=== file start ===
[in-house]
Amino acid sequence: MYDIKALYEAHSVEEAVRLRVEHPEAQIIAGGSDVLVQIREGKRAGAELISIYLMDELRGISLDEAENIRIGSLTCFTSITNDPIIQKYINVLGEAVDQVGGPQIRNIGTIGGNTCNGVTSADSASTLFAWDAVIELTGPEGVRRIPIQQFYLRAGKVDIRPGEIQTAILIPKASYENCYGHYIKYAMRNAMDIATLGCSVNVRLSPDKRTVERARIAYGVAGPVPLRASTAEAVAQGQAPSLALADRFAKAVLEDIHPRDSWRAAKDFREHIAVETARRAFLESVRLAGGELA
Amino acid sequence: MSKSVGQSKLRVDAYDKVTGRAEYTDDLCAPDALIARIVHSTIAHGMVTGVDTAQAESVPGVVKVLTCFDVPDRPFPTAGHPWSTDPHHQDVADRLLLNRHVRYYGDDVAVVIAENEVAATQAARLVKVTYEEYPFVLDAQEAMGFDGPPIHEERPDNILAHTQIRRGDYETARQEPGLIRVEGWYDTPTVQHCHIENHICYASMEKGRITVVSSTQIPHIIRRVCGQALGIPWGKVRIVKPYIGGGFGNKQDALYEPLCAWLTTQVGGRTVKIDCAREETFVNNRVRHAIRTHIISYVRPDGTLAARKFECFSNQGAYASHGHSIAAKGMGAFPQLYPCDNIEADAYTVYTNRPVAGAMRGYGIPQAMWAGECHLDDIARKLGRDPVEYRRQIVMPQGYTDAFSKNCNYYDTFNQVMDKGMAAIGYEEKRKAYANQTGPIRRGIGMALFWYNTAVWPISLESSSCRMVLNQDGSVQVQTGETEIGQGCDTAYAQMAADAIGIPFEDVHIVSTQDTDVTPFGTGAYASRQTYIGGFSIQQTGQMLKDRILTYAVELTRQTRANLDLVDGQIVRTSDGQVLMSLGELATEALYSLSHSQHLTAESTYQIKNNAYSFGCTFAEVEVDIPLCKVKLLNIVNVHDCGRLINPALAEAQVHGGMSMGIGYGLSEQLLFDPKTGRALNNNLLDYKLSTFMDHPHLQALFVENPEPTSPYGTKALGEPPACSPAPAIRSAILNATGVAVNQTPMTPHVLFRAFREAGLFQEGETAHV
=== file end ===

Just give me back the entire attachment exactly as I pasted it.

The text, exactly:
[in-house]
Amino acid sequence: MYDIKALYEAHSVEEAVRLRVEHPEAQIIAGGSDVLVQIREGKRAGAELISIYLMDELRGISLDEAENIRIGSLTCFTSITNDPIIQKYINVLGEAVDQVGGPQIRNIGTIGGNTCNGVTSADSASTLFAWDAVIELTGPEGVRRIPIQQFYLRAGKVDIRPGEIQTAILIPKASYENCYGHYIKYAMRNAMDIATLGCSVNVRLSPDKRTVERARIAYGVAGPVPLRASTAEAVAQGQAPSLALADRFAKAVLEDIHPRDSWRAAKDFREHIAVETARRAFLESVRLAGGELA
Amino acid sequence: MSKSVGQSKLRVDAYDKVTGRAEYTDDLCAPDALIARIVHSTIAHGMVTGVDTAQAESVPGVVKVLTCFDVPDRPFPTAGHPWSTDPHHQDVADRLLLNRHVRYYGDDVAVVIAENEVAATQAARLVKVTYEEYPFVLDAQEAMGFDGPPIHEERPDNILAHTQIRRGDYETARQEPGLIRVEGWYDTPTVQHCHIENHICYASMEKGRITVVSSTQIPHIIRRVCGQALGIPWGKVRIVKPYIGGGFGNKQDALYEPLCAWLTTQVGGRTVKIDCAREETFVNNRVRHAIRTHIISYVRPDGTLAARKFECFSNQGAYASHGHSIAAKGMGAFPQLYPCDNIEADAYTVYTNRPVAGAMRGYGIPQAMWAGECHLDDIARKLGRDPVEYRRQIVMPQGYTDAFSKNCNYYDTFNQVMDKGMAAIGYEEKRKAYANQTGPIRRGIGMALFWYNTAVWPISLESSSCRMVLNQDGSVQVQTGETEIGQGCDTAYAQMAADAIGIPFEDVHIVSTQDTDVTPFGTGAYASRQTYIGGFSIQQTGQMLKDRILTYAVELTRQTRANLDLVDGQIVRTSDGQVLMSLGELATEALYSLSHSQHLTAESTYQIKNNAYSFGCTFAEVEVDIPLCKVKLLNIVNVHDCGRLINPALAEAQVHGGMSMGIGYGLSEQLLFDPKTGRALNNNLLDYKLSTFMDHPHLQALFVENPEPTSPYGTKALGEPPACSPAPAIRSAILNATGVAVNQTPMTPHVLFRAFREAGLFQEGETAHV